By Eric Zuesse
13 March, 2015
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Dissatisfaction With U.S. Government Soars
By Eric Zuesse
13 March, 2015
The latest Gallup poll shows that even as Americans are more satisfied with the American economy, they are more dissatisfied with the government; and that this government-dissatisfaction is so high that for the first time while Gallup has been following this matter, the ratio of dissatisfaction with government is swamping the ratio of dissatisfaction with both of the other two matters that Americans are dissatisfied with: the economy, and unemployment.
In this Gallup report, dated March 12th, dissatisfaction with government has slightly risen, while dissatisfaction regarding all other matters has either gone down, or else remained constant.
When asked “What do you think is the most important problem facing this country today?” 18% now say “government.” 11% say “economy.” 10% say “unemployment.” And 7% say “immigration/illegal aliens.” “Healthcare” was also 7%. All other issues were lower than 7%.
What has actually soared is the ratio of dissatisfaction with the government, divided by the highest other issue of dissatisfaction. This ratio has recently skyrocketed.
Dissatisfaction with government has previously been as high as 20% in April 2014, but at those times dissatisfaction with other issues was higher than it is now (for example, dissatisfaction with the economy was 16% in April 2014, whereas now it's only 11% — the economy has improved).
For some reason(s), Americans are especially frustrated with their government right now. Perhaps Americans, who previously preferred divided control of government (a ‘Democratic' President and a solid-Republican Congress — both houses being now Republican), and who now have what the polls had previously shown that Americans wanted on that (divided government), are starting to change their minds about divided govenment: they don't like it, after all.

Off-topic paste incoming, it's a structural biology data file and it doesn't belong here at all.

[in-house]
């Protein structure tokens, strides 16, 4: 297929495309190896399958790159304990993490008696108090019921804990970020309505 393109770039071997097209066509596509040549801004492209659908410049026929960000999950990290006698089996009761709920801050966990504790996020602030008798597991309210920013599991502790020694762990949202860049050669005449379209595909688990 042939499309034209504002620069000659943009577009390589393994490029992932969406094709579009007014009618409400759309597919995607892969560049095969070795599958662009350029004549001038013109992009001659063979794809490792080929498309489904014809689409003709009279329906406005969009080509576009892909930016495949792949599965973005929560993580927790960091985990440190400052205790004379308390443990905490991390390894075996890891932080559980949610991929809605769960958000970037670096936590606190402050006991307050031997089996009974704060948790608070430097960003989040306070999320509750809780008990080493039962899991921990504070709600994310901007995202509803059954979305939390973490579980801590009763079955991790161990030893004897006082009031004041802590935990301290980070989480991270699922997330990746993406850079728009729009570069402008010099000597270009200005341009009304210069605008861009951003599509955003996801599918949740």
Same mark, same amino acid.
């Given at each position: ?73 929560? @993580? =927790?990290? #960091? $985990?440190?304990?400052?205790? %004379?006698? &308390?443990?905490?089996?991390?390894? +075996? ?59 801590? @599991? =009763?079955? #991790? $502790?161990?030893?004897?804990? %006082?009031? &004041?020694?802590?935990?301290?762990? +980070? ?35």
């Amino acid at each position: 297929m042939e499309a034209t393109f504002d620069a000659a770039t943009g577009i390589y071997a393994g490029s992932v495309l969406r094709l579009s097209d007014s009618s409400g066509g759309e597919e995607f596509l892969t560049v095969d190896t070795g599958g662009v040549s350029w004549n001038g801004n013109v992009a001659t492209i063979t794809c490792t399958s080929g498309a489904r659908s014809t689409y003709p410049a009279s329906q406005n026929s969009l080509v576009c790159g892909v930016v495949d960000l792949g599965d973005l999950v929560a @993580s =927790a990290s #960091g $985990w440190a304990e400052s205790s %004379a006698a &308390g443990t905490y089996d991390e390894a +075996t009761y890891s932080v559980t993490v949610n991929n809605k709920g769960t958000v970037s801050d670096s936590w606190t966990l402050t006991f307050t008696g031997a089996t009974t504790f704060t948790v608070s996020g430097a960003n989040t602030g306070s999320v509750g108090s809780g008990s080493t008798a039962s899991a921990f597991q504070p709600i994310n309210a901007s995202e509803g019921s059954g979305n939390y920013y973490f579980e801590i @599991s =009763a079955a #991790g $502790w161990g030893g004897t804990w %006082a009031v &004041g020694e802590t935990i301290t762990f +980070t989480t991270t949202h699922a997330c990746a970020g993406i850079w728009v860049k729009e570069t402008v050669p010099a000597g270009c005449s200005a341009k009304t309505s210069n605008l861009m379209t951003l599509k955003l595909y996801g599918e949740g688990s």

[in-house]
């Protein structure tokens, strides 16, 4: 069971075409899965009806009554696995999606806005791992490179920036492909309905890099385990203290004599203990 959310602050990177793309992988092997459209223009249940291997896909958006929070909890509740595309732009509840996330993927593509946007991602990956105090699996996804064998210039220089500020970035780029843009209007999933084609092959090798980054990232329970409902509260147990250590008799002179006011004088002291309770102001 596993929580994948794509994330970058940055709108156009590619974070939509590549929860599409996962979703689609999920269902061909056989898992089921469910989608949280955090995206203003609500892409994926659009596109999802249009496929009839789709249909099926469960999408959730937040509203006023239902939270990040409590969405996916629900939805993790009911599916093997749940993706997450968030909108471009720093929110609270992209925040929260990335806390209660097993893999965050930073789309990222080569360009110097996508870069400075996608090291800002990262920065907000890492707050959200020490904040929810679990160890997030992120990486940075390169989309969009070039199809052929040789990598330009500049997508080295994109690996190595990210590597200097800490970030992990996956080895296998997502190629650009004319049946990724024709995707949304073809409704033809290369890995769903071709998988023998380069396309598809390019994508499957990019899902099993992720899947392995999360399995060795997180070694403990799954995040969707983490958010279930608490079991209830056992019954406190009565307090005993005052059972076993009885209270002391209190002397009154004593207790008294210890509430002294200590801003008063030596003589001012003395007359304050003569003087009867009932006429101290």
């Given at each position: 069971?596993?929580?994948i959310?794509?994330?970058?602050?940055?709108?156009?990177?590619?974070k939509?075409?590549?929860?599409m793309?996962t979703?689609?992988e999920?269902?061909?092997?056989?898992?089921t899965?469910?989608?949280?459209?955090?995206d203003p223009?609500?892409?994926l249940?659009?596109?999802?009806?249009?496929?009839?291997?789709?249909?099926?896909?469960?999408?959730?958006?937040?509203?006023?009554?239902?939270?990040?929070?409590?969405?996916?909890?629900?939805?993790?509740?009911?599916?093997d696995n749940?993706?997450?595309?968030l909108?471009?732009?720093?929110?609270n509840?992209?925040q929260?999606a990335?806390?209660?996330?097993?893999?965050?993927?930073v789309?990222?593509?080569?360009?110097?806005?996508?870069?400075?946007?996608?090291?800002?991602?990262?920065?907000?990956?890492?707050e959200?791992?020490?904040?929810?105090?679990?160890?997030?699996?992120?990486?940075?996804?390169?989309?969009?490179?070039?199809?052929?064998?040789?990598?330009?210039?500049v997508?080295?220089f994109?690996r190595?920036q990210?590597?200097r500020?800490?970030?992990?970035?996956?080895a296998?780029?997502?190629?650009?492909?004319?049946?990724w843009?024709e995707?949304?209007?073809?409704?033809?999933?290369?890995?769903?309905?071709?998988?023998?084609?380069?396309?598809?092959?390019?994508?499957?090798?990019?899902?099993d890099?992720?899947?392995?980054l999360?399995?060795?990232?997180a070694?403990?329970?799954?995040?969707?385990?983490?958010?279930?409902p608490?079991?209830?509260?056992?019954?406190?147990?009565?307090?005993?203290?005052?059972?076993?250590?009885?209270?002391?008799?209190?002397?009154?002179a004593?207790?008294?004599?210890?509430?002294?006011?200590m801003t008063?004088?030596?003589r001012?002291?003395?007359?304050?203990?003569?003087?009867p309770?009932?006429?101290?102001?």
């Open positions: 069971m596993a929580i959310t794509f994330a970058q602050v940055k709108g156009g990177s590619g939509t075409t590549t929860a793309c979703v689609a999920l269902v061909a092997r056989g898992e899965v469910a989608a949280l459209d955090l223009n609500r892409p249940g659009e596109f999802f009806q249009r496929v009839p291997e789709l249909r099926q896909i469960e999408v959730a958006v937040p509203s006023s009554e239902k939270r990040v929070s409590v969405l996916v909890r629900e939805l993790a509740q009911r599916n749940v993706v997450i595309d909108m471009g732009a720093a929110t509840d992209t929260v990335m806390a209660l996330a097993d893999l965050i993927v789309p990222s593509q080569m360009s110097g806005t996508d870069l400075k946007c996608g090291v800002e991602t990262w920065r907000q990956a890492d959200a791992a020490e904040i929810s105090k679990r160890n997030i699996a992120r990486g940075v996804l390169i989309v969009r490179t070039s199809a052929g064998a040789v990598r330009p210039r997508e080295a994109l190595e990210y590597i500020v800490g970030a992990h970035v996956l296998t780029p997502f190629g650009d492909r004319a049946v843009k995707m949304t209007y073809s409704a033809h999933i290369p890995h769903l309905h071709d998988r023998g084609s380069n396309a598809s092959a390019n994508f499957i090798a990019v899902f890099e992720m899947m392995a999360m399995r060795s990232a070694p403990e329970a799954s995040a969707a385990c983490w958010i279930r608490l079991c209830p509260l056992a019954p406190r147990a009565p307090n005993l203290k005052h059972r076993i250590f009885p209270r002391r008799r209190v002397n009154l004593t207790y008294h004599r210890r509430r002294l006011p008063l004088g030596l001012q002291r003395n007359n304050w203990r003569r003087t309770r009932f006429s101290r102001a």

Here is additional support for this hypothesis: This particular poll happens to have been taken during March 5th throuth 8th. Israeli Prime Minister Benjamin Netanyahu's speech to the U.S. Congress occurred right before that, on March 3rd, and it represented a historically unprecedented affront and insult to a sitting U.S. President, both from the opposition political party (in this case, by Republicans), and also from a supposedly-allied foreign government (Israel).
Another Gallup poll, released just a day earlier, on March 11th, was headlined, "Americans' Views of Netanyahu Less Positive Post-Visit,” and it found that Netanyahu's speech caused his “favorable” rating to plunge, from 32% down to 17%, among Democrats, and to edge upward slightly from 60% to 62% among Republicans. Among the population overall, his favorable rating declined, from 45% down to 38%.
German radio, Deutsche Welle, headlined on March 10th, "Republicans to Obama: We really don't like you,” and reported:
If there was any doubt how Republicans felt about President Obama and a nuclear deal with Iran after last week's congressional spectacle featuring the Israeli premier, there shouldn't be after their letter to Tehran.
Last week's unprecedented event of having a foreign leader in the final stages of a close election campaign speak before a joint session of Congress without consulting the White House seemed like a tough act to follow -- especially when the sole purpose of that speech was to bash the Obama administration's nuclear talks with Iran. That event was orchestrated by the Republican-controlled House of Representatives.
By [now] publishing an open letter to Iran's leadership and lecturing Tehran about the US Constitution and legislators' opposition to a nuclear agreement, however, the Republican-controlled Senate may have succeeded in besting the performance of the lower house.
"I think there is no precedent in the history of the Republic for Senators to write to a foreign leader in this way," Nigel Bowles, director of the Rothermere American Institute at the University of Oxford, told DW.
So: perhaps this historically unprecedented desire by the opposition political party to sabotage a sitting American President explains the reason why Americans' dissatisfaction with their government is increasing, even when dissatisfaction with other matters is not rising.